A new collaboration with the artist Rita Fenning, part of The Open Studios, Site Festival, Stroud, Gloucestershire, May 2014

The 18th edition of The Site Festival, Stroud Gloucestershire, starts on the 1st May 2014 and it will bring a dynamic programme of visual arts, performance, music, screening and open studios. The artist-led festival promotes collaborations and projects including a wide range of visual media, ceramics, textiles and poetry.
http://www.sitefestival.org.uk

My collaboration with the artist Rita Fenning for the Open Studios http://ritafenning13.wix.com/ritafenning-web explores the concepts of ‘memory’ and ‘identity’, in an attempt to define and compare childhood stories and games in two different cultures, British and Romanian during the Cold War.

Rita has produced a series of artist books and installations as well as a doll’s house which will be the centre of a new exhibition open to the public in her studio. The exhibition is part of The Open Studios Festival which will be launched on Friday, 9th May 2014.
http://www.sitefestival.org.uk/2014%20support%20material/OS%20Directory%202014%20for%20Web%20v2.pdf

The exhibition in Rita’s studio will be open to the public on 10th, 11th, 17th and 18th May 2014.
A preview with some of the included work and video clip, to follow shortly.

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Lesson of Admiration

Clara peels the potatoes.
She had her hair cut very short
so when she worked the land
the teary locks did not blight the grass.
‘Bad luck for the crops’ concluded father
one afternoon as he watched the news bulletin.

He switched the television off and
put the lights on.
He measured the length of each eyelash
and declared that ‘yes, indeed, they did stop us
understand the real life’.

Nobody could disagree with a scientific discovery.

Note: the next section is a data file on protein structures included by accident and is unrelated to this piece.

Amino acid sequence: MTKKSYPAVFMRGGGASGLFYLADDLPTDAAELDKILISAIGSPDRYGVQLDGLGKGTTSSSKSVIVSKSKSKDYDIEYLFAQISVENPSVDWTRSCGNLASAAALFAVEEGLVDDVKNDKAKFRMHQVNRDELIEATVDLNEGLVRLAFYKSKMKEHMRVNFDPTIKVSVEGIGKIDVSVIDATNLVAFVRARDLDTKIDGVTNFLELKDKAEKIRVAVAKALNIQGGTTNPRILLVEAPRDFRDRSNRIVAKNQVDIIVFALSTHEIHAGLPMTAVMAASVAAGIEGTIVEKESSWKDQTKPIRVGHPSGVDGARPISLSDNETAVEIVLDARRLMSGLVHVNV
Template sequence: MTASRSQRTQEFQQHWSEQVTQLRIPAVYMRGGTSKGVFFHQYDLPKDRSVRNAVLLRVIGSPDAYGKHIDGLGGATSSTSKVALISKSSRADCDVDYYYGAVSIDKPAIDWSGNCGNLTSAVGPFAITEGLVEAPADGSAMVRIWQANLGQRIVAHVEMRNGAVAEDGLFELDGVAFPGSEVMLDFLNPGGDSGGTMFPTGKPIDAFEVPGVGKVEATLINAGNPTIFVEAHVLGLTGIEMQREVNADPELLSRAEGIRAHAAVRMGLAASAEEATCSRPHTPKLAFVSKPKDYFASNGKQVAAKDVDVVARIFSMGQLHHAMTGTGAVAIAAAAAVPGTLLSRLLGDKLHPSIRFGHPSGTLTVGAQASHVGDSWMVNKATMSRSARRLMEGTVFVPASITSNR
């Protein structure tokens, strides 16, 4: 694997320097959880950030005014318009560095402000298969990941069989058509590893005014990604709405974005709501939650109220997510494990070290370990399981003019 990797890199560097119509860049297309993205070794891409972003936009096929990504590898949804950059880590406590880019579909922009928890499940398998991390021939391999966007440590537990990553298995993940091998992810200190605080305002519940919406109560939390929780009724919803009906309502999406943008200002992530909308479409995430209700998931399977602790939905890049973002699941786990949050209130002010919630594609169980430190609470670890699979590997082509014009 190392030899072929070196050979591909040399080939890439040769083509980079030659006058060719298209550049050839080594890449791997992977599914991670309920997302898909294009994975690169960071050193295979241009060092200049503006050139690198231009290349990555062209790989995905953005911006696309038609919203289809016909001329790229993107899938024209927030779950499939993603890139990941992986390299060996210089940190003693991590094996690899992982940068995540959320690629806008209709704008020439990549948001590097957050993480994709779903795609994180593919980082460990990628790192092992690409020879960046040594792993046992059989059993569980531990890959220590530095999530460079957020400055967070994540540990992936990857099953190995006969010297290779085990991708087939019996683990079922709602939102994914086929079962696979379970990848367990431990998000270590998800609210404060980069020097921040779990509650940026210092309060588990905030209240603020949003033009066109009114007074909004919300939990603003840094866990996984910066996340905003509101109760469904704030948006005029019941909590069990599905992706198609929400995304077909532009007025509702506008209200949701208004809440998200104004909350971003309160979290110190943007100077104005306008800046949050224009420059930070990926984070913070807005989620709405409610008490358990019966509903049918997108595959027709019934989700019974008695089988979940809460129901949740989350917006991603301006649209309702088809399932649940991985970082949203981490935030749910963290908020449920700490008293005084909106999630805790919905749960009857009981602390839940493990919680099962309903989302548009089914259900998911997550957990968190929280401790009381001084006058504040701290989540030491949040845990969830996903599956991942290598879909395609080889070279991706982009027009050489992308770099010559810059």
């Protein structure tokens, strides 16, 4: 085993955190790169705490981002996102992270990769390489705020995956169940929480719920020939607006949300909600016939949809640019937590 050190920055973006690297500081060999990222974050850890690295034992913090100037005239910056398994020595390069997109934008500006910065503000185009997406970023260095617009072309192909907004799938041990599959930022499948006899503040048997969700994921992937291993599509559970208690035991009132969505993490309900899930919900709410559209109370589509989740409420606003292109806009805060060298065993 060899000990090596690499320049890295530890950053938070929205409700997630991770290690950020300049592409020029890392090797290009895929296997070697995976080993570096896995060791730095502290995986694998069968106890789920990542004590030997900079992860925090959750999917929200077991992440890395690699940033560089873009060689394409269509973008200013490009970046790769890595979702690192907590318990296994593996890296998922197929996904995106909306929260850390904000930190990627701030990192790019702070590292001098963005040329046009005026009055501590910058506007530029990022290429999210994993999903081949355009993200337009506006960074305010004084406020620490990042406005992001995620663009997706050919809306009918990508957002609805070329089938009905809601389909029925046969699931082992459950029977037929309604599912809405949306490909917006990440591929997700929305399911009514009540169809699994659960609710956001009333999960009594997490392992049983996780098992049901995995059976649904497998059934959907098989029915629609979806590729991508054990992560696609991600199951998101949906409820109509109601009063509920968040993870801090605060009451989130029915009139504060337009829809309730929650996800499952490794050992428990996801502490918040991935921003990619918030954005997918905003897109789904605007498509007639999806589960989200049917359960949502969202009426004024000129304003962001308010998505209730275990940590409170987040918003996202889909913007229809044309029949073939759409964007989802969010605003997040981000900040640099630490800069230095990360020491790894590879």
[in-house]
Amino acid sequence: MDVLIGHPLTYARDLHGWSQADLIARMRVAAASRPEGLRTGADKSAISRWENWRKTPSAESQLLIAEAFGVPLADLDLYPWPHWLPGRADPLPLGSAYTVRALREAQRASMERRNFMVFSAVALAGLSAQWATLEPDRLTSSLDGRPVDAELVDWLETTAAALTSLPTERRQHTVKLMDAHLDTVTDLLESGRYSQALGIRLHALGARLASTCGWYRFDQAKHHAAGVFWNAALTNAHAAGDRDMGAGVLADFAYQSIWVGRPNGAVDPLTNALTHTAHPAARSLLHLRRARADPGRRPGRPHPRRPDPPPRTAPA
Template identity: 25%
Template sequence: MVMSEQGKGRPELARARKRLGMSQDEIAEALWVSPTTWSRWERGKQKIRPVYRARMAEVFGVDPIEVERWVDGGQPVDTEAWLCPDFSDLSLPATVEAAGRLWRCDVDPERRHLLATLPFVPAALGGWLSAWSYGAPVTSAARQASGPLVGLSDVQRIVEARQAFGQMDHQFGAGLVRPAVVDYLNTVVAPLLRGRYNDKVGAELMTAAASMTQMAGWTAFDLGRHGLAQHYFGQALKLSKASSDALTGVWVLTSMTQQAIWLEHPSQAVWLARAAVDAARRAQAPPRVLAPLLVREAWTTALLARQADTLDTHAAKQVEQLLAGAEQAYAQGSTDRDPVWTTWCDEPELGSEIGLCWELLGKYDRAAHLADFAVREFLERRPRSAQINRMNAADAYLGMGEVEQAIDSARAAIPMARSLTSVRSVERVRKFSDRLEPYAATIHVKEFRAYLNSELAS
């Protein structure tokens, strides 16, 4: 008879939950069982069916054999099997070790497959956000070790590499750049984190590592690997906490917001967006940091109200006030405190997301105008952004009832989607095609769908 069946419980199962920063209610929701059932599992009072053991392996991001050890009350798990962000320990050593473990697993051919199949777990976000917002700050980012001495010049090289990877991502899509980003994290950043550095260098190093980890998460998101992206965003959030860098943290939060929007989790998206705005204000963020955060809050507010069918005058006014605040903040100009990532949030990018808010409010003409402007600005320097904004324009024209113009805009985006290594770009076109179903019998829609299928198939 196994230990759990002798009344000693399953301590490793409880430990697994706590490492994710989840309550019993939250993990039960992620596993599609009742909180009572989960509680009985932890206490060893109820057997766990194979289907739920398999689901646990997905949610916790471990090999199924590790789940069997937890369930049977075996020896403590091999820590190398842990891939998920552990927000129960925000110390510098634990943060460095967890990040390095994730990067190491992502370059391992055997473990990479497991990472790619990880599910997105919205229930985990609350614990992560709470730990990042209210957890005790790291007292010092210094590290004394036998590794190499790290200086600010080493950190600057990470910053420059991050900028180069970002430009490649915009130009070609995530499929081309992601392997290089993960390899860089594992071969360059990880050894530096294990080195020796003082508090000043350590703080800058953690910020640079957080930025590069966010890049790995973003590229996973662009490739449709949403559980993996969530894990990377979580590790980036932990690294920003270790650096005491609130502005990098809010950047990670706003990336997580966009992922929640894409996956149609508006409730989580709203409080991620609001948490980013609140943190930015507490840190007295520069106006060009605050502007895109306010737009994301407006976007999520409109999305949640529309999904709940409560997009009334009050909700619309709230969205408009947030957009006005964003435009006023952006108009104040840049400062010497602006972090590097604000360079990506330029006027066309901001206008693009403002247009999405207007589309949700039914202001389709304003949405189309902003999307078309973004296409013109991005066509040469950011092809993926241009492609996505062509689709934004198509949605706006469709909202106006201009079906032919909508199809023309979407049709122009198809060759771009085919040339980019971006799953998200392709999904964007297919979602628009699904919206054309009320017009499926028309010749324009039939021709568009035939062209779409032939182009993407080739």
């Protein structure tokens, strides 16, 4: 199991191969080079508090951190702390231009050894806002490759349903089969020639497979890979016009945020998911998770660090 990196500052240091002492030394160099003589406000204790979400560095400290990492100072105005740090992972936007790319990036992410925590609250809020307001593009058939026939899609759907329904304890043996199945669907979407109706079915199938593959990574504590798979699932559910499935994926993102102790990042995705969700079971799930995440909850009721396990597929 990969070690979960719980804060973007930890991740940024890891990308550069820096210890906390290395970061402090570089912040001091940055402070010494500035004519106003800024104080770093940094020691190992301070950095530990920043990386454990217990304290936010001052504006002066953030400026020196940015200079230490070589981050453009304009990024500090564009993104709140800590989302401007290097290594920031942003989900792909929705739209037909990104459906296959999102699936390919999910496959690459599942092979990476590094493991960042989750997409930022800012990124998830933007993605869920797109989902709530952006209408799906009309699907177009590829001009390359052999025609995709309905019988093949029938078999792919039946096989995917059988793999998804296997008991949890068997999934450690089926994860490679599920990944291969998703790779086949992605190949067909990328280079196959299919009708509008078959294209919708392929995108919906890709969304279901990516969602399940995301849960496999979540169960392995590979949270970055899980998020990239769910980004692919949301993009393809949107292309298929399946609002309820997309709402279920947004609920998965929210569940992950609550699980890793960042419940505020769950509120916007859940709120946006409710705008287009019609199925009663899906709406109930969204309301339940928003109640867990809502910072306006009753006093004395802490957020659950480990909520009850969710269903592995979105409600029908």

Father took the scissors out of the cupboard
and laughed at me
as he dropped Clara’s plaits on the living room carpet.
My black plaits never grew after that.
The hair developed inside my lungs.
At night, I spat the growing particles out
and hid them under the floor boards.

Father believed the news as, he said, ‘we all
had to believe in something certain,
which can be seen with the naked eye,
in real things’, like the soiled potatoes
spread on the dinner table.

On Thursdays, we peel potatoes,
kneeling in silence by the water pipes.
Father sits on a stool to watch
my weekly exercise of admiration.
He checks the peels stained with droplets of blood
and laughs again.

My bald head tilted above the sink looks at Clara.
My hair comes
out of my mouth,
out of my chopped fingers,
floats in the air,
to cover her skull.

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Photograph: John Stadnicki

Family Photograph

‘No-no!’ I shouted ‘the fish tank will stay in my room!’
The golden dead creature, floating on the green water,
had my mother’s face
before she went away.
I liked to keep everything neatly
in the same place where she left them,
undisturbed by the melting sun.

The dust shined
on the glass lid,
on the doll’s eye,
on my forehead
each night
when asleep in the hallway.

I sat down on the cracked lino,
covered my arms with leafs
and kept watching Clara tidying-tidying the house.
Her yellow fingers piled everything in a black bag.
She left the fish alone, with a sigh.